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What Do You Think?

Recipe for Success or failure....


by Rick Billups

Many new breeders today are unsuccessful when they first adventure into the task of trying to raise competitive Dutch rabbits. The biggest piece of advice I can give from years of trying to raise Dutch is to start off with animals that are somewhat related. For instance, let's say someone buys two does from a breeder but has to purchase their herd buck from a totally different breeder whose bloodline doesn't match at all. To me the new breeder would be better off to purchases the does and pay a little extra to have the does bred to a buck that is related and then keep the best two bucks out of the litters for future use. Breeding these young bucks back to the does will tell you if you have the foundation of a good strain of rabbits. This scenario plays out so often at our Sells Class when animals are purchased by potential Dutch breeders for a minimal investment. They walk away with animals from several breeders with the hopes of breeding a winner or being competitive on the show table but often find nothing but discouragements in the next box.
How important are markings when buying breeding stock? A well marked rabbit without type is no better than a rabbit that should end up in the frying pan. I personally believe it is of the utmost importance that you start with foundation stock that has the best Dutch type possible. The body type has been greatly improved over the past 10-15 years and is now consistent throughout all of the varieties. I look at color and fur next and then eye color to ensure the color meets the description set by the standards. Many times a light colored eye or portions of the eye having different shades could indicate an undesirable cross somewhere in the background.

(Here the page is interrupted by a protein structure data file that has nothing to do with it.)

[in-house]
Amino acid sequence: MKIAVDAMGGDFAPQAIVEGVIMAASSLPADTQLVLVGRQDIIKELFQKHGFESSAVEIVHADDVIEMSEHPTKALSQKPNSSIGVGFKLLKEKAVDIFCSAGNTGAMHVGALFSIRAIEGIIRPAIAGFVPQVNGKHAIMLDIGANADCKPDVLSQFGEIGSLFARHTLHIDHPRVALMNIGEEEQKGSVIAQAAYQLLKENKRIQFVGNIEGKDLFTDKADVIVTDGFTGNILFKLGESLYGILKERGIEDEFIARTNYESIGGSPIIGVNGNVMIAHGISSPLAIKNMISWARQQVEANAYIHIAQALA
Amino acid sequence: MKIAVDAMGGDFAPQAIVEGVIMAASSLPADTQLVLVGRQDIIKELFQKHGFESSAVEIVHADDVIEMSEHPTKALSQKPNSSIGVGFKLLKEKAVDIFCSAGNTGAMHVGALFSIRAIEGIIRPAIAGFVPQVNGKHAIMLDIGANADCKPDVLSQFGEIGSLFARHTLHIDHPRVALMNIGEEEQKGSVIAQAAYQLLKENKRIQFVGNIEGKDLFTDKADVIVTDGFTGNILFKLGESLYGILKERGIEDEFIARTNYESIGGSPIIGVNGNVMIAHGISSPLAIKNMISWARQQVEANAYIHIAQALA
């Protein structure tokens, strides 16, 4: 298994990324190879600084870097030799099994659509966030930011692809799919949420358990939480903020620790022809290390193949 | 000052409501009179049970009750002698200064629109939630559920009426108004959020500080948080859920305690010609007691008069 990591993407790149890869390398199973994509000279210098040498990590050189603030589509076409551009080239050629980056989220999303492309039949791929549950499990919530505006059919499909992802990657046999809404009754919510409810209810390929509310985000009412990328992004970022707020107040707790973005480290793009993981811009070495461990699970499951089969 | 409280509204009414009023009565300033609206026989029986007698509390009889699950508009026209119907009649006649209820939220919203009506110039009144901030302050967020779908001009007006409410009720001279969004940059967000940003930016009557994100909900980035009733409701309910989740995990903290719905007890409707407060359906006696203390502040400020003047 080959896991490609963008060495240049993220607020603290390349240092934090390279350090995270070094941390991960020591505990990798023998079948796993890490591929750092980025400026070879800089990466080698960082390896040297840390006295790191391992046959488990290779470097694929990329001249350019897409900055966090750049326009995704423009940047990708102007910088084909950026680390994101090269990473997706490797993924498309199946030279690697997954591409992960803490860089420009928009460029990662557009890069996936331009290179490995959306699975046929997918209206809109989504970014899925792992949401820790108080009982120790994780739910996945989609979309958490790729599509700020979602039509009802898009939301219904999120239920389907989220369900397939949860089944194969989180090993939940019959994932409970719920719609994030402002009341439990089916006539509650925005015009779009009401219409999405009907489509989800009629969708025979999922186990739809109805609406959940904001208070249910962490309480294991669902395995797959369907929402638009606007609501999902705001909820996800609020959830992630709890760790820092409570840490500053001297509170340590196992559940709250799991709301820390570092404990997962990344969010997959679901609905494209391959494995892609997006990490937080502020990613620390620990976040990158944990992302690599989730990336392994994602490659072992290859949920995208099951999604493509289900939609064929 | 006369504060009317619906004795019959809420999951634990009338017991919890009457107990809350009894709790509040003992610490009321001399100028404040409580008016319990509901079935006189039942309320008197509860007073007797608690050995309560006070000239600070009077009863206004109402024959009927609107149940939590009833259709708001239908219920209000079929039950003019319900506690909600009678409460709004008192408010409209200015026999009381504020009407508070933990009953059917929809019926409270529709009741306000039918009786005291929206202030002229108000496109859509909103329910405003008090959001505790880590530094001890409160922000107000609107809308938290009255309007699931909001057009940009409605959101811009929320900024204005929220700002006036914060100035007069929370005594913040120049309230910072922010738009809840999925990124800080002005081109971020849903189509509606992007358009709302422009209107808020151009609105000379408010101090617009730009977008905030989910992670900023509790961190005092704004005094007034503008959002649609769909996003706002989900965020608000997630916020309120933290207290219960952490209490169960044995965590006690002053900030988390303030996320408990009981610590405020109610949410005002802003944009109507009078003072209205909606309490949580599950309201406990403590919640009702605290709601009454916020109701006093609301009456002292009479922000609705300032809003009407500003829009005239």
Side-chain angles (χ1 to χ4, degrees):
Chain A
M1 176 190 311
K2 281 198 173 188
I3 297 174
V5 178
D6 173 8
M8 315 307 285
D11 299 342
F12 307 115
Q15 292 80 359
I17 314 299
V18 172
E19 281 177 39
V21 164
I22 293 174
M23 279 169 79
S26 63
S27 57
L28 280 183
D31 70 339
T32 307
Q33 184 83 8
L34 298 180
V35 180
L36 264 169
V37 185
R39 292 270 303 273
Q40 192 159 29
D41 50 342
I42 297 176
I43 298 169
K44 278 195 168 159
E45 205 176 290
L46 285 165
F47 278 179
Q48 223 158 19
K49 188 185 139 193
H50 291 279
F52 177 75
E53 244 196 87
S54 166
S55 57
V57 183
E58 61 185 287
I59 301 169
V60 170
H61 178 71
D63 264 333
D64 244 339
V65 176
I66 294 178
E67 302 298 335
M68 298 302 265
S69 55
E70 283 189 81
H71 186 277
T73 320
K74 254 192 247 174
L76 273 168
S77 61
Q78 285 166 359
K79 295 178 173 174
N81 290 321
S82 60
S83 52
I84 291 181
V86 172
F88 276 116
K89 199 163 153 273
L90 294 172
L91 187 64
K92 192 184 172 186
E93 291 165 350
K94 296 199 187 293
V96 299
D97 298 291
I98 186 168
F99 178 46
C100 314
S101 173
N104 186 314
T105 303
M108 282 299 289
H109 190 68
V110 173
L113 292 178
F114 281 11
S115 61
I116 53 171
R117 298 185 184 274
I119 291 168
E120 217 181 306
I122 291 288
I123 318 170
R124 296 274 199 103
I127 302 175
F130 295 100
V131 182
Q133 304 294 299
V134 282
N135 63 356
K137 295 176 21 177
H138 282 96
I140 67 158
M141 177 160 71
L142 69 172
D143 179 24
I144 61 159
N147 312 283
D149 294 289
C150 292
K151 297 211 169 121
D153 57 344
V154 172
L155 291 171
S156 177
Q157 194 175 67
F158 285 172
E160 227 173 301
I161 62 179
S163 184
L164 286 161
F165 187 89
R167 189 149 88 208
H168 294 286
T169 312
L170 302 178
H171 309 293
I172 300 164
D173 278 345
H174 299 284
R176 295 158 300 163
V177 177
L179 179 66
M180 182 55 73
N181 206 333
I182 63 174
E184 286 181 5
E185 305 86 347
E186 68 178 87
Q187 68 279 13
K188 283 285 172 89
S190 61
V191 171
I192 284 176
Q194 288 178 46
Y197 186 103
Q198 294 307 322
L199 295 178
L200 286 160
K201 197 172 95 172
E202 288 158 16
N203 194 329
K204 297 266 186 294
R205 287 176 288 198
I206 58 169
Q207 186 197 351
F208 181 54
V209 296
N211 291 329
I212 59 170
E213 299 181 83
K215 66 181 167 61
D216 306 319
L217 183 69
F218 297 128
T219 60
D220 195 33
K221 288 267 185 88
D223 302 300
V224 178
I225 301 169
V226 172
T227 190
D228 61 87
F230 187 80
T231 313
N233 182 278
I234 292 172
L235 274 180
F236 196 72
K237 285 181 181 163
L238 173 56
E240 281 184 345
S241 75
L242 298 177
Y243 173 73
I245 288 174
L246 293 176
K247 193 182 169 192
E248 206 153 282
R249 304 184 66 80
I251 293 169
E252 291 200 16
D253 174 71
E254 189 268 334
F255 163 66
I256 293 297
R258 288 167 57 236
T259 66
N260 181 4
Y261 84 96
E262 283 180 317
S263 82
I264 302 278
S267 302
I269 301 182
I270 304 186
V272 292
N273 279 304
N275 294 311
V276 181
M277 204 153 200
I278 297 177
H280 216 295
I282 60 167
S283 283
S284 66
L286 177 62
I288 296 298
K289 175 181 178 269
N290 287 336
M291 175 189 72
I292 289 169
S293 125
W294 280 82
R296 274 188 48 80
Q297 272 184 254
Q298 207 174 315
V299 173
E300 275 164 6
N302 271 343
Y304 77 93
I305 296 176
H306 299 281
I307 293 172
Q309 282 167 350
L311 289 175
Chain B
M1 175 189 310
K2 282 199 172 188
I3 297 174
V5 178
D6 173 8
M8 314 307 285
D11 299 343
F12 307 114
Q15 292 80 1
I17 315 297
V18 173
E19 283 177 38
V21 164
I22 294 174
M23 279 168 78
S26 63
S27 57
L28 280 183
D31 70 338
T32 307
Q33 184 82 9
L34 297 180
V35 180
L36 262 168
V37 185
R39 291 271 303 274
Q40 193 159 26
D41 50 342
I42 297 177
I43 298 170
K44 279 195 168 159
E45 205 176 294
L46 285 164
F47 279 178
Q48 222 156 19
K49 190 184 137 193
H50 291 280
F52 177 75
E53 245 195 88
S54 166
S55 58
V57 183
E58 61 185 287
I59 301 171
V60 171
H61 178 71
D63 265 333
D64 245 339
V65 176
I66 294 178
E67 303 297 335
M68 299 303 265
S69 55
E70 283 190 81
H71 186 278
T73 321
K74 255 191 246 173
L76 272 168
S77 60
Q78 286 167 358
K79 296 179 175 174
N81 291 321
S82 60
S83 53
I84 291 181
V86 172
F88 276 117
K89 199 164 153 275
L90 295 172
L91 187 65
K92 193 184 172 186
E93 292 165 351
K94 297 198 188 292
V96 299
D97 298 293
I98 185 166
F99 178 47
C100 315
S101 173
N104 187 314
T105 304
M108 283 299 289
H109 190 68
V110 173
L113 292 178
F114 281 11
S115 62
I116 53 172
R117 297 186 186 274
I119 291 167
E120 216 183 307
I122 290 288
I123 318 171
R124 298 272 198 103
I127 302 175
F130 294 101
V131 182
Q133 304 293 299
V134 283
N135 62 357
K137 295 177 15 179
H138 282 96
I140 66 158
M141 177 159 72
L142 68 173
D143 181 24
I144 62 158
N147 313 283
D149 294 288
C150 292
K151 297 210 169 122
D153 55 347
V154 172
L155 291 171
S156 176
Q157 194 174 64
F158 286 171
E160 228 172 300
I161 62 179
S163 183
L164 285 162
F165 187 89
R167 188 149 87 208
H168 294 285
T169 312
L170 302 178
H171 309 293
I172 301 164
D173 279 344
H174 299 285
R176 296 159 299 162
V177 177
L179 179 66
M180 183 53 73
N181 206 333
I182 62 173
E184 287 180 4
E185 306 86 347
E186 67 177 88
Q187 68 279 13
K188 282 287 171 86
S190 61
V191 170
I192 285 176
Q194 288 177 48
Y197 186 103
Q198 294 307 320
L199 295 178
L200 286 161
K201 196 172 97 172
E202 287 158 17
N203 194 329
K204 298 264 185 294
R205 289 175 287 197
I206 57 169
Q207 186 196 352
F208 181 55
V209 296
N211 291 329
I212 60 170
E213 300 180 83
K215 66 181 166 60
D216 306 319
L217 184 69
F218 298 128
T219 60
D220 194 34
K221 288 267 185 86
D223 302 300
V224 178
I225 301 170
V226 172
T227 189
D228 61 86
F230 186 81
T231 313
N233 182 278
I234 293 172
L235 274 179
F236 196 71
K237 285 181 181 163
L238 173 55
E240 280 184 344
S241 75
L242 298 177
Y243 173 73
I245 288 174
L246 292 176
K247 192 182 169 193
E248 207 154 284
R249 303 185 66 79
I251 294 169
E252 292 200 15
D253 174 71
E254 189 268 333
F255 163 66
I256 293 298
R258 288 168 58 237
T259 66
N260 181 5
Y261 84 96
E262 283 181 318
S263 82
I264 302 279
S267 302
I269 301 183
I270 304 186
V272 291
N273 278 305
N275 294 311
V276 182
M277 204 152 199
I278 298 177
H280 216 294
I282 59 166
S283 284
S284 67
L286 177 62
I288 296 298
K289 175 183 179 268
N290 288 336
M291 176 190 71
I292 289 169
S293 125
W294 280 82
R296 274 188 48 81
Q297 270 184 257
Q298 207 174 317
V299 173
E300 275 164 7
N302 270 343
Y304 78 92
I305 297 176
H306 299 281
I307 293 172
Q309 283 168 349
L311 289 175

I feel the herd buck is the most important investment a breeder will make when starting their Dutch herd. A good herd buck should have ideal body type, color, and markings free from any disqualifications. I will normally keep a buck that has ideal body type unless it has two or more of the following marking faults;
1. Very long stops
2. Very biased saddle
3. Jagged undercut
4. Hooked cheeks
There are several things to watch for when buying breeding stock, I just hope these few sentences will give you something to think about. Always seek out the advice from an established breeder and someone you can trust when looking at breeding stock. I've always found it easier to get a 2nd or 3rd opinion from friends for they may see something I've overlooked.

 

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